Out of Egypt

April 16, 2011

A new blog, which documents the persecution of Christians in Egypt.

Isaiah 19:19 (King James Version)
In that day shall there be an altar to the LORD in the midst of the land of Egypt, and a pillar at the border thereof to the LORD.

Lord Jesus,
Through prayer and penitence, we prepare for Your triumphant entry into Egypt. We kneel. We shout. We wave our hands. We cry,

Hosanna! Blessed is he who comes in God’s name! Hosanna in highest heaven!

We declare the building of Your house of prayer in all of Egypt. Amen.

Palm Sunday

April 16, 2011

I love the antiphonal and musical nature of this passage from Zephaniah: God restores a pure language to His people, instructs them to sing and shout, and He responds by singing over them.
A similar pattern takes place on the triumphant entry into Jerusalem. The children’s praises and hosannas are followed by Jesus’ proclamation that His house shall be called a house of prayer for all nations. High praise brings heaven to earth.

Zephaniah 3:9, 12b, 14-17 (New King James Version)
“ For then I will restore to the peoples a pure language, that they all may call on the name of the LORD, to serve Him with one accord. And they shall trust in the name of the LORD.
Sing, O daughter of Zion! Shout, O Israel! Be glad and rejoice with all your heart, O daughter of Jerusalem!
The LORD has taken away your judgments, He has cast out your enemy. The King of Israel, the LORD, is in your midst; You shall see disaster no more.
In that day it shall be said to Jerusalem:

“ Do not fear;
Zion, let not your hands be weak.
The LORD your God in your midst,
The Mighty One, will save;
He will rejoice over you with gladness,
He will quiet you with His love,
He will rejoice over you with singing.”


April 16, 2011

Glastonbury, a small town in Somerset, is surrounded by a grouping of hills. The tallest of these hills is known as the Tor, which happens to have an old stone tower on the very top which was once a church dedicated to the archangel Michael.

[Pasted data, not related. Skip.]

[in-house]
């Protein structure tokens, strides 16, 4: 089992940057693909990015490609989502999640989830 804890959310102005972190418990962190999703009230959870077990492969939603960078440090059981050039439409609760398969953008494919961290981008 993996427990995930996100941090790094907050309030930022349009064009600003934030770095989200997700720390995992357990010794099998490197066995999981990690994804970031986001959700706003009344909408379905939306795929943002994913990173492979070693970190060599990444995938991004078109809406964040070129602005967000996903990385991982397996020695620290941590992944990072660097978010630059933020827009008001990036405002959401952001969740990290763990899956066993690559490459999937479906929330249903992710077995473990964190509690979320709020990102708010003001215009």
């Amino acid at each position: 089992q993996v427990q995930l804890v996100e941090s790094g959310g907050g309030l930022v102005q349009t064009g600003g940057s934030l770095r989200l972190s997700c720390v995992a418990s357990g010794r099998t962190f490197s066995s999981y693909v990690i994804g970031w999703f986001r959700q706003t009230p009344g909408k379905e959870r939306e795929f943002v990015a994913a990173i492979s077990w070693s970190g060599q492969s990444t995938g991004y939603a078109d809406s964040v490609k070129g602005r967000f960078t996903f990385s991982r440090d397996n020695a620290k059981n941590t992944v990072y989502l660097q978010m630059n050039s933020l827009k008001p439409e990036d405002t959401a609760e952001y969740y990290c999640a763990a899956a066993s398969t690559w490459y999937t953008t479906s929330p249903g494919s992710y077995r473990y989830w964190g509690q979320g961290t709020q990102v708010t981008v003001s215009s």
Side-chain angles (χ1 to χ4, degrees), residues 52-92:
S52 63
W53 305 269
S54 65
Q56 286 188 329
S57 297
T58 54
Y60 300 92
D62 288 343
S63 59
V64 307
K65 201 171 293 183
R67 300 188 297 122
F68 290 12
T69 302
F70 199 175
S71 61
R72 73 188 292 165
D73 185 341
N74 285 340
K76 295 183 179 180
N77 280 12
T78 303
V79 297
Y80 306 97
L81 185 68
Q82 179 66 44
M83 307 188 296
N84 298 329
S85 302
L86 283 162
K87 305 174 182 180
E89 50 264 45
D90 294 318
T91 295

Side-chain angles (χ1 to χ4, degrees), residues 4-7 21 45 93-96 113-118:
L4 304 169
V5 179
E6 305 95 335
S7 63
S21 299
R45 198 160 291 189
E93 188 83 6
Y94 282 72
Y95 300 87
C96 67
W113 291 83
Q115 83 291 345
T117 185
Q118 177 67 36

The ancient name for the Tor was Ynys Witrin, which means ‘the Island of Glass.’ But this ‘island’ is more widely known from Celtic lore as Avalon, the Apple-place and the isle of enchantment. In Celtic legends, Avalon was the Otherworld home of the underworld god, Afallach. Both the names Avalon and Afallach refer to apples, apples that once grew in Glastonbury. Myths of King Arthur are set here.
According to legend, Saint Joseph of Arimathea travelled to the spot after Christ was crucified. He is said to have stuck his wooden staff – which had belonged to Jesus – into the ground on Wearyall Hill before he went to sleep. When he awoke it had sprouted into a thorn tree, which became a natural shrine for Christians across Europe. Joseph is said to have built the first Christian church in England. The ancient church was constructed, in 63.
Centuries later, after the break from the Roman Empire, a group of Celtic monks took up quarters beside Glastonbury’s small wattle church. Under the Celtic monks, the site of the ancient church became known as “the holiest Earth of England” and was recognized as the place where Christian faith was first planted in England. The monastery grew into an abbey of the Benedictine Order in 673.
St. Dunstan, a monk-bishop, was Abbot of Glastonbury Abbey and then Archbishop of Canterbury from 960-988. He used his monetary inheritance, royal influence, and considerable gifts to foster and encourage a monastic revival in England and reform the English church.
The end of Glastonbury Abbey came in 1539 when King Henry VIII had the abbey burned, took the land for himself, and had the abbot hanged. The king also had the body of the abbot dismembered and put on exhibition around the country.
Glastonbury is now the mecca for psychics, faith healers, mystics, druids, etc. The Golden Goddesses, a congregation of priestesses who worship mother earth, sponsor an annual Goddess Conference. A former CoE church hall is now used as the Glastonbury Goddess Temple. The largest green field open-air rock festival in the world is held annually in Glastonbury. Tibetan Buddhist prayer wheels are aligned on the Ley Line which runs through Glastonbury Abbey ruins and over Chalice Hill, said by some to be the secret location of the Holy Grail.
In December 2010, the Holy Thorn Tree of Glastonbury was chopped down in an act of vandalism, viewed by some as a deliberately anti-Christian act. The annual Glastonbury Christian pilgrimage was canceled for the first time since 1924.
I don’t claim to know what happens in the spiritual realm, but one wonders if there isn’t an ongoing tug of war over this land. I did some searching for Christian prayers for this city, but found none.–JW

Our Father, who art in heaven, hallowed by Thy name. Thy kingdom come, Thy will be done in Glastonbury as it is in heaven. Amen.

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